In 2013 an OECD report found that more than 14 per cent of Australian workers put in more than 50 hours a week, which is way above the OECD average of 9 per cent.
An Australia Institute study found that Australians work the longest hours in the developed world with an average of 1,855 hours at work each year, which is 200 hours more than employees of other countries.
Of course many professions are also renowned for long hours, which means you could be working even longer than the numbers found in the report.
However you want to look at it, we probably spend the majority of our lifetime at work. Which of course means there will be times in your career where you might feel stale or bored, and lose enthusiasm for what you are doing.
Often that might mean you have reached a career crossroads, when some serious consideration is required as to what your next step is. But sometimes it’s just the grind that gets you down, and perhaps there are ways you can regain your vim and vigour, without throwing in the towel and completely changing direction.
Here are some ideas on how you can reinvigorate your career.
1. Learn something new
The brain loves to learn. When we stop growing on a personal level, it impacts our enthusiasm and energy levels. Many people I work with are also natural “learners” in that this is a crucial aspect of their intellectual, professional and personal wellbeing. So doing the same thing day in, day out, without expanding knowledge or experience can be a real drain on the brain.
Of course you could always learn a new aspect or area of your professional expertise, but you could also take the learning outside of work and expand your knowledge in a completely different area.
I have coached many people over the years who have felt their career has been reinvigorated simply by doing something new outside of the office.
Maybe it’s time to do the photography course, or the creative writing course you’ve been talking about. You might even find it leads to a whole new career.
2. Take a career sabbatical
If you’ve been working for a number of years it might be time to take a longer break (ie longer than 1 month) to explore some other personal or even professional opportunities. You might decide to go on a volunteer vacation, where you can learn new skills and help a cause at the same time. Or maybe you will travel the world with the family for a couple of months.
Don’t be afraid to ask for time off, unpaid if necessary.
3. Go on secondment
If you work in an international, or even a national organisation, make sure you check out all of the opportunities available to you. I once coached an in-house lawyer who had worked in London, Brisbane, Sydney and Melbourne with her company over a period of 8 years, and her next move was going to be the US.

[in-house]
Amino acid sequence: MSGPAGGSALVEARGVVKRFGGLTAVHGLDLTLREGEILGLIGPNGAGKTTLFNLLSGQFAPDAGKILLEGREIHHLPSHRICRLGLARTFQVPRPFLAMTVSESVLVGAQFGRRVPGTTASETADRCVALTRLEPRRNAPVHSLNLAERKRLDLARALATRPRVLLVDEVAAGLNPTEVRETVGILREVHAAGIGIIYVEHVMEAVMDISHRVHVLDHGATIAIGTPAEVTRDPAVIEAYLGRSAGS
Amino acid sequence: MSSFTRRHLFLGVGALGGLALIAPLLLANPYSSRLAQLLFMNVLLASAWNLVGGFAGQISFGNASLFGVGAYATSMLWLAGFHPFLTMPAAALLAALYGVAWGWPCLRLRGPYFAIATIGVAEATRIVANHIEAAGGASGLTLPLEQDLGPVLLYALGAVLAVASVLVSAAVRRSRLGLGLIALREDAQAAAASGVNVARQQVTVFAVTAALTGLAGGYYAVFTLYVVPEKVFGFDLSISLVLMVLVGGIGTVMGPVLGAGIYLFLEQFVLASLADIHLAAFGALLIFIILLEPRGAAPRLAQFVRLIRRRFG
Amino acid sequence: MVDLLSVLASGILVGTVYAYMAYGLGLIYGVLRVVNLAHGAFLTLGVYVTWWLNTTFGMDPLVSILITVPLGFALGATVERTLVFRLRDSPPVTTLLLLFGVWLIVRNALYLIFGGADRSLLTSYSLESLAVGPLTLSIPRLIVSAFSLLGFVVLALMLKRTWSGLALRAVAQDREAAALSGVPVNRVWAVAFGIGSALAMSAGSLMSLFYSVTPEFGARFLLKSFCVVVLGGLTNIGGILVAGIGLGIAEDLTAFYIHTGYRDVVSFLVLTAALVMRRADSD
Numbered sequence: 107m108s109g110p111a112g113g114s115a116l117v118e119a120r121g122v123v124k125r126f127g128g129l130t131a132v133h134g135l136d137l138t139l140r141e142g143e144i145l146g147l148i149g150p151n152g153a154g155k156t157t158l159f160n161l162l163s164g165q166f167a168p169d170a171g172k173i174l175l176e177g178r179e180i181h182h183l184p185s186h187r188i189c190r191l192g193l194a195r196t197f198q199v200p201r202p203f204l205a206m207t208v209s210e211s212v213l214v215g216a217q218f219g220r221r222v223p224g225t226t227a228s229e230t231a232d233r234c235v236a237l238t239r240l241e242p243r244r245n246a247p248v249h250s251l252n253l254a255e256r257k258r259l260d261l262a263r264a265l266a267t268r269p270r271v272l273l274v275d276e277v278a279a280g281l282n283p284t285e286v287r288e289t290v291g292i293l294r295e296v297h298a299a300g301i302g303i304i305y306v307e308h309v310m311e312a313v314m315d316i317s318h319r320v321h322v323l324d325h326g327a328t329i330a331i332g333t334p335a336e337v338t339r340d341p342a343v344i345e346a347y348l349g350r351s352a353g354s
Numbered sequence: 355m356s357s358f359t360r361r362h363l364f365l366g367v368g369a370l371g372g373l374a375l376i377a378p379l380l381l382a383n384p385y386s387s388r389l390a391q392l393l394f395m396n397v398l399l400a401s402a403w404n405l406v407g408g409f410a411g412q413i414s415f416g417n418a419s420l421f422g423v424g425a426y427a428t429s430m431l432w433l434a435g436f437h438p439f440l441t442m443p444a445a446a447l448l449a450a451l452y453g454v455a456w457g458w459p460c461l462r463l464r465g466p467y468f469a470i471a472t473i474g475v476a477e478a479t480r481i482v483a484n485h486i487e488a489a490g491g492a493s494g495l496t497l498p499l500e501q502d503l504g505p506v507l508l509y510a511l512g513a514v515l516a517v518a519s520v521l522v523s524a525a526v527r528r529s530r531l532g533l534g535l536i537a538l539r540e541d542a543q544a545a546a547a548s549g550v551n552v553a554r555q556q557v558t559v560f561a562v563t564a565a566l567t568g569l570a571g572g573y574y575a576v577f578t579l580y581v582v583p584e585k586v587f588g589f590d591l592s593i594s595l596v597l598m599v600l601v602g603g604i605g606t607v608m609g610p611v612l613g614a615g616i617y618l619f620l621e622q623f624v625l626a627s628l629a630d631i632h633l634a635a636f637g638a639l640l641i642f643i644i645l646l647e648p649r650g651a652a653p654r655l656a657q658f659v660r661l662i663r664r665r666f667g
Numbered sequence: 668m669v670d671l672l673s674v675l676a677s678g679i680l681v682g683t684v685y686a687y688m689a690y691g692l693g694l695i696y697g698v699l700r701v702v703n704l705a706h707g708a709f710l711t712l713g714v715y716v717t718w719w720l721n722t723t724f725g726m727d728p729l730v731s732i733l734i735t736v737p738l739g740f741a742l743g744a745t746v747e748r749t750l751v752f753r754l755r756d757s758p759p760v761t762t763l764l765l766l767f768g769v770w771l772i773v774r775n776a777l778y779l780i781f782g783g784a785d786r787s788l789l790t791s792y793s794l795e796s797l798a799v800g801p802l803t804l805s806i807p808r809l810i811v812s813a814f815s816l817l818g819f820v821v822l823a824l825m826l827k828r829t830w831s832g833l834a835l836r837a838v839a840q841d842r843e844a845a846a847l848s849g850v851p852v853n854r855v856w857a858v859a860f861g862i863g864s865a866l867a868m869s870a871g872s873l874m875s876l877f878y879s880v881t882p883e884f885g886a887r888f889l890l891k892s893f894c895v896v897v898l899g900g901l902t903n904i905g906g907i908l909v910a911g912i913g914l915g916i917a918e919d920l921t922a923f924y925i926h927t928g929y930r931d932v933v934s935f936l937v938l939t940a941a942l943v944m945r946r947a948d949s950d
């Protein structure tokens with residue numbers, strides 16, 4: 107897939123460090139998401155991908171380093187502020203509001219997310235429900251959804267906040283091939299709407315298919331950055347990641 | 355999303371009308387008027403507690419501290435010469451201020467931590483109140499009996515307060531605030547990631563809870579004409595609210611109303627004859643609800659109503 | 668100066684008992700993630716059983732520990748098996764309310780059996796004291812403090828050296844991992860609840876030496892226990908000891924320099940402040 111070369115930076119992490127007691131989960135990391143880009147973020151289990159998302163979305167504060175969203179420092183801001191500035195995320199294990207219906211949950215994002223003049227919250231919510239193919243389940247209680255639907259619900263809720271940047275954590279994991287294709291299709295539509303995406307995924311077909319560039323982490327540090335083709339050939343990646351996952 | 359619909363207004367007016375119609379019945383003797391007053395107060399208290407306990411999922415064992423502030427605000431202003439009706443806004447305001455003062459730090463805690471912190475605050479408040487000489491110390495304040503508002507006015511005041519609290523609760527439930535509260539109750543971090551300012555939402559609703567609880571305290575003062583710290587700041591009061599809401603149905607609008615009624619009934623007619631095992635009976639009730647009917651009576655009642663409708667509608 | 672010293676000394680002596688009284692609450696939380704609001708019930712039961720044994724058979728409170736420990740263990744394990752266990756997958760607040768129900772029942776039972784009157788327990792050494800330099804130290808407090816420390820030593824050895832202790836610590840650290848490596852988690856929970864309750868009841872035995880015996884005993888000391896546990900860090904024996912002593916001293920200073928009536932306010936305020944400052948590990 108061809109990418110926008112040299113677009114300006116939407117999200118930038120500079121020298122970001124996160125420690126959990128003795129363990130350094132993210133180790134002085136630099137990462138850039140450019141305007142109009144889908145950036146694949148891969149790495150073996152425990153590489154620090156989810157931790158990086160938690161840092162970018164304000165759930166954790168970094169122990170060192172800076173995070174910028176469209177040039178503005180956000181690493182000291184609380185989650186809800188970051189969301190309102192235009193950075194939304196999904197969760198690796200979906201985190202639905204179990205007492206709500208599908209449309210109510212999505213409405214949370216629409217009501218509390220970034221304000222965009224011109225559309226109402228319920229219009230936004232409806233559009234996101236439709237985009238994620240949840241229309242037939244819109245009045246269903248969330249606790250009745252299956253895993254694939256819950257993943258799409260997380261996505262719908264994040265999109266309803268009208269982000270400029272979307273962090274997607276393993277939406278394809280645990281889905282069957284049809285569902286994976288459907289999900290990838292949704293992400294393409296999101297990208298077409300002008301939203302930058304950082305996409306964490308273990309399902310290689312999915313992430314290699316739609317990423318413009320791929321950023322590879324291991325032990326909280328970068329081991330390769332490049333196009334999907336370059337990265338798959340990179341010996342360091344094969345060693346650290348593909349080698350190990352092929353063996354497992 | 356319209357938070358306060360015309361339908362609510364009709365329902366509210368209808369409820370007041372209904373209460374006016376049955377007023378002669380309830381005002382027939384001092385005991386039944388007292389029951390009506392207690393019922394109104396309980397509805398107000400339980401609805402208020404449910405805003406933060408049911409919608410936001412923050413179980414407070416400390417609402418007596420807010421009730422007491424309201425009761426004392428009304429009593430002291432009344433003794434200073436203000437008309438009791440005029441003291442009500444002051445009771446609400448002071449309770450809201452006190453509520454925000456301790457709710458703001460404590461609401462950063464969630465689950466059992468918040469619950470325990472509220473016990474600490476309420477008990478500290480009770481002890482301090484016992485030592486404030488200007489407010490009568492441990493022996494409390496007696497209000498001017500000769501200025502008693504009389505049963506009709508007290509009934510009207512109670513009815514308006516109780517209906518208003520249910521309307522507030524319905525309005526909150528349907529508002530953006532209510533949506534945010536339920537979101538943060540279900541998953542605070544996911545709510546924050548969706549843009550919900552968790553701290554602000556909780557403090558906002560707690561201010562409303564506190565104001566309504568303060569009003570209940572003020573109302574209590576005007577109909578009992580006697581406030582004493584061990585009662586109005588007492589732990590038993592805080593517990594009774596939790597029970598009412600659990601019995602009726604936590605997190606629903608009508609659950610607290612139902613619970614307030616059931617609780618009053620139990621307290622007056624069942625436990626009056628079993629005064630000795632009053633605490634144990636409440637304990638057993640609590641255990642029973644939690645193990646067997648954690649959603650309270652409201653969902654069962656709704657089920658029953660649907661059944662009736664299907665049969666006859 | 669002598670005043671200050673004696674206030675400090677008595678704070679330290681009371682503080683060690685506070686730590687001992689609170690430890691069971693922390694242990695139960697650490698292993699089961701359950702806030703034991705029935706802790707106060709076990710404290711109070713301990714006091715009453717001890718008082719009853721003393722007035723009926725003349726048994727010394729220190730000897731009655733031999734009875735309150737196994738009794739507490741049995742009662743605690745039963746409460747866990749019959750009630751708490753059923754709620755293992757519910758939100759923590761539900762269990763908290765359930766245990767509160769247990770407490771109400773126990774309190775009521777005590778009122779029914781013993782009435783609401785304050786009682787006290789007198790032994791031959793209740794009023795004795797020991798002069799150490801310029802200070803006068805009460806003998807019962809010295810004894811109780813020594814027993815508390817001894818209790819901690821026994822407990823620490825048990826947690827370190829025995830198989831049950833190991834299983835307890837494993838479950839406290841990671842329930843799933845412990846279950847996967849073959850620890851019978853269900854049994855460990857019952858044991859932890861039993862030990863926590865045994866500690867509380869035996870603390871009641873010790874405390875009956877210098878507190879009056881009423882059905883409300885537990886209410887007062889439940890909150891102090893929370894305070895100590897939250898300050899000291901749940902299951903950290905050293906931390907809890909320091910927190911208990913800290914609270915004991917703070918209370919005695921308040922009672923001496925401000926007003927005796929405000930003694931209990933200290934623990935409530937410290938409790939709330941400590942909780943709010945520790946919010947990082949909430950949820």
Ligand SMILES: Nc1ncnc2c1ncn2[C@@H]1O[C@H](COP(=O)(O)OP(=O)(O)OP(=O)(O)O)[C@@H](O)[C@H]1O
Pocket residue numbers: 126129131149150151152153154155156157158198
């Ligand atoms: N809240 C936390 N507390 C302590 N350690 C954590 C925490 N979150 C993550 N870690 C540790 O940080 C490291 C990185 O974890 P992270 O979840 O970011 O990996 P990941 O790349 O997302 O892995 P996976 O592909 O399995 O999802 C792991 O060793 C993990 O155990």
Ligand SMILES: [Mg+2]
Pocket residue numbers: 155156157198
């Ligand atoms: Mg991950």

You could also look at a client secondment, or just a different department within your organisation. Change is good for reinvigoration and shaking up the routine.
4. Expand your network
Get yourself out and in amongst different people. Join a new networking group, a sporting group, a book club. Meeting new people exposes you to new and diverse ideas, opinions and potential opportunities.
5. Become a mentor
We all have experience that is worth sharing. Offering your time to help more junior professionals, even if they’re not in your field, is a rewarding way to help you feel as though you are contributing to more than just your own career and growth. Look at formal mentoring programs run through Universities, associations and industry groups.
6. Do more of what you love
Often we become so attached to our routines we forget to stop and take stock of what we are actually doing every day. The chances are there are parts of your role you are doing that could or should be delegated or even ditched all together!
A simple but effective tool I use with my clients is the Love and Loathe List. Take a notebook, split the pages in half, down the middle vertically. On one side make a note of every task/thing you do in a day that you LOVE and on the other side make a note of every task/thing you do in a day that you LOATHE.
While no job is perfect, the more you can do the things you love, the more engaged you will be in your role and the happier you will be outside of work.
For example one client I worked with did this exercise and realised everything she loved was client and business development related. Yet she was spending all her time behind her desk, not getting out and meeting people. Some simple tweaks to her schedule and a renewed focus means she is much happier and also doing what she does best – bring in work!
We all get bored. We all get itchy feet. Sometimes we may even get disillusioned. But before you throw the towel in on a successful career, take a look at what is causing the unrest, and shake things up a bit by trying some of the ideas above.
[This post first appeared as my Career Column in the August edition of The NSW Law Society Journal.]